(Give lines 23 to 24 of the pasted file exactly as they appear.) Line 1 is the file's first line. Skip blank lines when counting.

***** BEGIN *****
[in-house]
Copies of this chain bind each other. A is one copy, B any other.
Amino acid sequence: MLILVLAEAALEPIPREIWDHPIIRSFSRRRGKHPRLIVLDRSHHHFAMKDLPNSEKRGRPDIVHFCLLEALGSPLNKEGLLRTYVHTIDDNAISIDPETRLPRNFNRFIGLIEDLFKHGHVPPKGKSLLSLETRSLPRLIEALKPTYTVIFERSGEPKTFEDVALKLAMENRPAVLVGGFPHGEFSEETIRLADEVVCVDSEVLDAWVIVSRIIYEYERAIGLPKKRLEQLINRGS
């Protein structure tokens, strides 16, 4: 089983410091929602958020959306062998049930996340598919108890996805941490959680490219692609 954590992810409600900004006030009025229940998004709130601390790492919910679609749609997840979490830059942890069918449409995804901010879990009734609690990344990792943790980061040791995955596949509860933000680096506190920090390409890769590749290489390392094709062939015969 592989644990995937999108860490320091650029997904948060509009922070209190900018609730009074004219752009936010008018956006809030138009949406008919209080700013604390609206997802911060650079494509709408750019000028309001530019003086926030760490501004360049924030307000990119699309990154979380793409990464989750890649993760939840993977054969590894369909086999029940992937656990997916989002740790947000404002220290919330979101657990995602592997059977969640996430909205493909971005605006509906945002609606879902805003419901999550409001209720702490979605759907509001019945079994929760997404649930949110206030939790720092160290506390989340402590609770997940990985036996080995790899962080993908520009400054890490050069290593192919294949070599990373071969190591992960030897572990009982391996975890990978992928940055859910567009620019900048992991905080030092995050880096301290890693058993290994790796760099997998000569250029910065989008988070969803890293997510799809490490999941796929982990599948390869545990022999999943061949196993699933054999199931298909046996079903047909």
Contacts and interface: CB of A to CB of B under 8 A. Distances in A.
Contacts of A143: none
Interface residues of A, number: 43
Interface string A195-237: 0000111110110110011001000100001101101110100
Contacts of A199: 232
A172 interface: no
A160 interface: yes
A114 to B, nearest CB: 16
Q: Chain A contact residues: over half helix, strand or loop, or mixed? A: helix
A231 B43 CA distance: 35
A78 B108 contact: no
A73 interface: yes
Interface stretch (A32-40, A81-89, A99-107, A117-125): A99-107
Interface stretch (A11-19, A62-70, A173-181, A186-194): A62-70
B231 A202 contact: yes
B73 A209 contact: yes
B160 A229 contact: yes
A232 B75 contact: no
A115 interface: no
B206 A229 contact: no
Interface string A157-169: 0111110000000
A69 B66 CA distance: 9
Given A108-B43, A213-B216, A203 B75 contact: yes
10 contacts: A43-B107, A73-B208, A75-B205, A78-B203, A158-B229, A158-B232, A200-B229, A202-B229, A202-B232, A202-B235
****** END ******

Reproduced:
A115 interface: no
B206 A229 contact: no